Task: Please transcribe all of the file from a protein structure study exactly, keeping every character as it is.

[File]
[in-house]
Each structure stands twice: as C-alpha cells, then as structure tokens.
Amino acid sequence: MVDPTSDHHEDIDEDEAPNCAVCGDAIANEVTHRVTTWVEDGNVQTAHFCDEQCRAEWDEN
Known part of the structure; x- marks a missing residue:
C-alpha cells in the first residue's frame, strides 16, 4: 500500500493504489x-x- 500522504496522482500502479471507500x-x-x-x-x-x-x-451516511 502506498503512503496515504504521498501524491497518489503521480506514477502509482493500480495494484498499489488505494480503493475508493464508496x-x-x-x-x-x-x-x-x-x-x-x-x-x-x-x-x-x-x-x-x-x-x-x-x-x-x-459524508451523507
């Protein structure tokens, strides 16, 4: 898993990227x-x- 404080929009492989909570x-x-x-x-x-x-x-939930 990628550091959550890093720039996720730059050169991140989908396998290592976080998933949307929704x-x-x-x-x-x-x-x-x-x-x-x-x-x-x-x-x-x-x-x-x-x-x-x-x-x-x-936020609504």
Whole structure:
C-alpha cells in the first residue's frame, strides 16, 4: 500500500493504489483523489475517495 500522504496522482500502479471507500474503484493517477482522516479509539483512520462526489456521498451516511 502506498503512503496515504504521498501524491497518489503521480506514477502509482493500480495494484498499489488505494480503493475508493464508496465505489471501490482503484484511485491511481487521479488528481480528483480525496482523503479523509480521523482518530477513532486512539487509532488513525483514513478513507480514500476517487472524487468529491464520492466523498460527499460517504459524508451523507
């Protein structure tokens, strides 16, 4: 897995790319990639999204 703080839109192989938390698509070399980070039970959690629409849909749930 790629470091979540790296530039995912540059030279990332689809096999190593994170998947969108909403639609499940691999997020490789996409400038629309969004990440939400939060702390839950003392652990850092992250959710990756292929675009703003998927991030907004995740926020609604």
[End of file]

[in-house]
Each structure stands twice: as C-alpha cells, then as structure tokens.
Amino acid sequence: MVDPTSDHHEDIDEDEAPNCAVCGDAIANEVTHRVTTWVEDGNVQTAHFCDEQCRAEWDEN
Known part of the structure; x- marks a missing residue:
C-alpha cells in the first residue's frame, strides 16, 4: 500500500493504489x-x- 500522504496522482500502479471507500x-x-x-x-x-x-x-451516511 502506498503512503496515504504521498501524491497518489503521480506514477502509482493500480495494484498499489488505494480503493475508493464508496x-x-x-x-x-x-x-x-x-x-x-x-x-x-x-x-x-x-x-x-x-x-x-x-x-x-x-459524508451523507
């Protein structure tokens, strides 16, 4: 898993990227x-x- 404080929009492989909570x-x-x-x-x-x-x-939930 990628550091959550890093720039996720730059050169991140989908396998290592976080998933949307929704x-x-x-x-x-x-x-x-x-x-x-x-x-x-x-x-x-x-x-x-x-x-x-x-x-x-x-936020609504």
Whole structure:
C-alpha cells in the first residue's frame, strides 16, 4: 500500500493504489483523489475517495 500522504496522482500502479471507500474503484493517477482522516479509539483512520462526489456521498451516511 502506498503512503496515504504521498501524491497518489503521480506514477502509482493500480495494484498499489488505494480503493475508493464508496465505489471501490482503484484511485491511481487521479488528481480528483480525496482523503479523509480521523482518530477513532486512539487509532488513525483514513478513507480514500476517487472524487468529491464520492466523498460527499460517504459524508451523507
């Protein structure tokens, strides 16, 4: 897995790319990639999204 703080839109192989938390698509070399980070039970959690629409849909749930 790629470091979540790296530039995912540059030279990332689809096999190593994170998947969108909403639609499940691999997020490789996409400038629309969004990440939400939060702390839950003392652990850092992250959710990756292929675009703003998927991030907004995740926020609604």